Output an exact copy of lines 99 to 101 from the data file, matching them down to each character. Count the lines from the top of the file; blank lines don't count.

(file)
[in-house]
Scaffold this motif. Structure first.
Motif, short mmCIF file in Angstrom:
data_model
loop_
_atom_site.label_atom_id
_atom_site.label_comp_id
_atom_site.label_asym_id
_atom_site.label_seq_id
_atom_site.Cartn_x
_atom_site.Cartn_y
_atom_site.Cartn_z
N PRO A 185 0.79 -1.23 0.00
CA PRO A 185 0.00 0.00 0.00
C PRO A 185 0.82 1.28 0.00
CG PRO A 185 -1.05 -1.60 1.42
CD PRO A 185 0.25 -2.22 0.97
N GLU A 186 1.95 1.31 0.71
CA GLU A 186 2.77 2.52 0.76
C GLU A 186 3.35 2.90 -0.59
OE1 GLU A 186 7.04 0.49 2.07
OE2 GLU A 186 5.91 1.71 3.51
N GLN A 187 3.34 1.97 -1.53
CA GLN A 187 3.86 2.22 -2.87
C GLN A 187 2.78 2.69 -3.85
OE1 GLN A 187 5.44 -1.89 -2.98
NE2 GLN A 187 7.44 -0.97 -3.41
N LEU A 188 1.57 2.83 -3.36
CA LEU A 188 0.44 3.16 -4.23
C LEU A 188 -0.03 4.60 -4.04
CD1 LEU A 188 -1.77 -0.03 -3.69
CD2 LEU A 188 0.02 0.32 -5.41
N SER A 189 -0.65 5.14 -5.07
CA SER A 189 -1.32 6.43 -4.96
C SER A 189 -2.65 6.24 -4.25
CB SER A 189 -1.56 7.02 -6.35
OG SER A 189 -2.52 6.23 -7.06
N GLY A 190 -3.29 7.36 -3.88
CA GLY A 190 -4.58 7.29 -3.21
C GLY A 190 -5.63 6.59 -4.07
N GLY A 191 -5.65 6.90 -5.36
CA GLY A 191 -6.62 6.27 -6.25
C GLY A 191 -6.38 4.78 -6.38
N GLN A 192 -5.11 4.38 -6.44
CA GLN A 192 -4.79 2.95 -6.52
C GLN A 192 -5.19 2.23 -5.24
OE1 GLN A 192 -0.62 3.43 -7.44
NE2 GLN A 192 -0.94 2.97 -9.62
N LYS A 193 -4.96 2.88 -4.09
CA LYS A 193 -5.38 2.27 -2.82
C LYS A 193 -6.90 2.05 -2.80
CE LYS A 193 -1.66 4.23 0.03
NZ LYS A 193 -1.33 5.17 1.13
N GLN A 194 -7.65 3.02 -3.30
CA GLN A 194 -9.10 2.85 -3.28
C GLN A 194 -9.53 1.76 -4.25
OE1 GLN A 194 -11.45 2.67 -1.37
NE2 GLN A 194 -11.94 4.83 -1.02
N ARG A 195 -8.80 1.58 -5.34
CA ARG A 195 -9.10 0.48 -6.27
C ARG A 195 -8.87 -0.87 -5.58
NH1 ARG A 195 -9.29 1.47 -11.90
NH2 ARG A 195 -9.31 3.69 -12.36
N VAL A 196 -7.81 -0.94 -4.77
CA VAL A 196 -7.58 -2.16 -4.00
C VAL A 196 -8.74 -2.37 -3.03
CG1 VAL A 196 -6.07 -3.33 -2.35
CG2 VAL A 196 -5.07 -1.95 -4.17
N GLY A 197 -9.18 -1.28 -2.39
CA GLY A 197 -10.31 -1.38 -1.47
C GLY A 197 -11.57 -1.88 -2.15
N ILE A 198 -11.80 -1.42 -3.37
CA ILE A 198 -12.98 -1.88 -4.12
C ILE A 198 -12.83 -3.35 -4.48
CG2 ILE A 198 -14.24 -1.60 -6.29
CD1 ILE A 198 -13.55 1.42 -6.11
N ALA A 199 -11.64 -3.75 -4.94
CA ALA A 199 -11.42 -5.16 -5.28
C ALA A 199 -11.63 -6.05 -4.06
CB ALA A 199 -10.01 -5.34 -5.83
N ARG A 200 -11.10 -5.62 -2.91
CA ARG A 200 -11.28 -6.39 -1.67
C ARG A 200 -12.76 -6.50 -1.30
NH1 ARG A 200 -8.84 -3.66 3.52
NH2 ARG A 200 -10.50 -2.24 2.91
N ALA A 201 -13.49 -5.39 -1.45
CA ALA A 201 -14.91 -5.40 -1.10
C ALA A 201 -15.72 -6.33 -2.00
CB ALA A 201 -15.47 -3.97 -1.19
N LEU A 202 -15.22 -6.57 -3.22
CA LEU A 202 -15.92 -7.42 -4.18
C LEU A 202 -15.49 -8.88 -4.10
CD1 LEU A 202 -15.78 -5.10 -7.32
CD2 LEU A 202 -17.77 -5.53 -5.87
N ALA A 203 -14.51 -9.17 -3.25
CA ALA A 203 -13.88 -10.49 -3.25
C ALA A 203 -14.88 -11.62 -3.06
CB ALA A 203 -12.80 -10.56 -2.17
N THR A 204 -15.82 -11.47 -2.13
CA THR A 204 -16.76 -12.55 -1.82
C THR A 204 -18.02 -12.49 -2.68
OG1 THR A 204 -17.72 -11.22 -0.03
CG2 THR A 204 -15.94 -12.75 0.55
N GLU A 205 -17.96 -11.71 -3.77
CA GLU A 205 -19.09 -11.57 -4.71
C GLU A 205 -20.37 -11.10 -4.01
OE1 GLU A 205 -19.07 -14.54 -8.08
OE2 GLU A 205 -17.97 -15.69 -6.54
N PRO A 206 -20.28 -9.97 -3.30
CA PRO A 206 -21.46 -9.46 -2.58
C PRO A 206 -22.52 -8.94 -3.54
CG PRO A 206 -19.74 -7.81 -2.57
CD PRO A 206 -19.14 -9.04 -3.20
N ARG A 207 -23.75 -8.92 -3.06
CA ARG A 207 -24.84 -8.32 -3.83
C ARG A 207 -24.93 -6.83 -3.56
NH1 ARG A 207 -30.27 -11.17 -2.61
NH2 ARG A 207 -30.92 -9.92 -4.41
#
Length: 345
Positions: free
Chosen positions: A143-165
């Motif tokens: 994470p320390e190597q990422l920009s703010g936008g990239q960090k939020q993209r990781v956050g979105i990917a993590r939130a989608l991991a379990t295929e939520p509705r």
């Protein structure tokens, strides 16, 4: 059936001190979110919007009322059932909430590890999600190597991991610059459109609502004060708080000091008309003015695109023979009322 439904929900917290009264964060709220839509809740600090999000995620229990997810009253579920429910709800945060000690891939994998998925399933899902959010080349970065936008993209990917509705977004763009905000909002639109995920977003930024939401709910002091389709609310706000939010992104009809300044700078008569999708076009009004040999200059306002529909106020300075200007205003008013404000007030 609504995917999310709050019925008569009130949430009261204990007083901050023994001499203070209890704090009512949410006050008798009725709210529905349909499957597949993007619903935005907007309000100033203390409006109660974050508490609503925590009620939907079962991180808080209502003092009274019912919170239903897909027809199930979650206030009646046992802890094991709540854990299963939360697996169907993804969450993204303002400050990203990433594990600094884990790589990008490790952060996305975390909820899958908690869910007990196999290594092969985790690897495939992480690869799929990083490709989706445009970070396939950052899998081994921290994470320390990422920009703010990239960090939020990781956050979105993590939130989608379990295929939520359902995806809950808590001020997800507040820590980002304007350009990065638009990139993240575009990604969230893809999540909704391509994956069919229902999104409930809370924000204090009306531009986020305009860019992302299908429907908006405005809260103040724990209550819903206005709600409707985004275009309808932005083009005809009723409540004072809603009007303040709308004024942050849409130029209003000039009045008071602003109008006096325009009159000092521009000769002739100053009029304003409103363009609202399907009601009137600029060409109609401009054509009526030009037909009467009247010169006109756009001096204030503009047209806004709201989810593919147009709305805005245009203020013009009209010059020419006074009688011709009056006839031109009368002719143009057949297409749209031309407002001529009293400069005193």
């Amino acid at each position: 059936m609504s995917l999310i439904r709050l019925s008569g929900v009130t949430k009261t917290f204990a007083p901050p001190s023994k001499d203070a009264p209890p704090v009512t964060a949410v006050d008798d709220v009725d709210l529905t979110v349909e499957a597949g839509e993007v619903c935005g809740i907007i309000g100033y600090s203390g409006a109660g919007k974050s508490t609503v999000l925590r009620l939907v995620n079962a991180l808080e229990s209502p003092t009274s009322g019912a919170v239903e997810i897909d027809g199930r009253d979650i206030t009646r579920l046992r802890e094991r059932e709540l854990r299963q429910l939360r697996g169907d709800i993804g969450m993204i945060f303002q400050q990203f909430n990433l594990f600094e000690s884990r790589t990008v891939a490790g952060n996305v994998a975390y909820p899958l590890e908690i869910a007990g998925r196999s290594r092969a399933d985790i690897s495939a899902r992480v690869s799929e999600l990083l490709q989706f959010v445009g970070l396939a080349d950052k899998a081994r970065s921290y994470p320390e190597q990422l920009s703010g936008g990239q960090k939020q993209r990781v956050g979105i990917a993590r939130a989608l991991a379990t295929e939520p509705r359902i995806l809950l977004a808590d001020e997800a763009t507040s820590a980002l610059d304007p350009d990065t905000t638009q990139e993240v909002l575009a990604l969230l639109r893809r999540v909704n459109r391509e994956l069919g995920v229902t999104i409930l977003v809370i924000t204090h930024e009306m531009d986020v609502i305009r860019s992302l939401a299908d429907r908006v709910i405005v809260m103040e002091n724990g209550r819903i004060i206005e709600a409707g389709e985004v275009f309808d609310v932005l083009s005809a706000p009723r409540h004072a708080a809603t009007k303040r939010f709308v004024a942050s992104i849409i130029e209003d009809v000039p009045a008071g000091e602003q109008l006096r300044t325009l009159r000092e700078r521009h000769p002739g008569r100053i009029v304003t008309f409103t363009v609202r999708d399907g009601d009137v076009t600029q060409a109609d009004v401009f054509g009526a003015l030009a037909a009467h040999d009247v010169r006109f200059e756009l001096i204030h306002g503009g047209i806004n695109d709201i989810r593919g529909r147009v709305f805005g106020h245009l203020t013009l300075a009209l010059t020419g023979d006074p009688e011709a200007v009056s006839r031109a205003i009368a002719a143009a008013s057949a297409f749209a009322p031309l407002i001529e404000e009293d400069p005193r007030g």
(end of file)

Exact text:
N THR A 204 -15.82 -11.47 -2.13
CA THR A 204 -16.76 -12.55 -1.82
C THR A 204 -18.02 -12.49 -2.68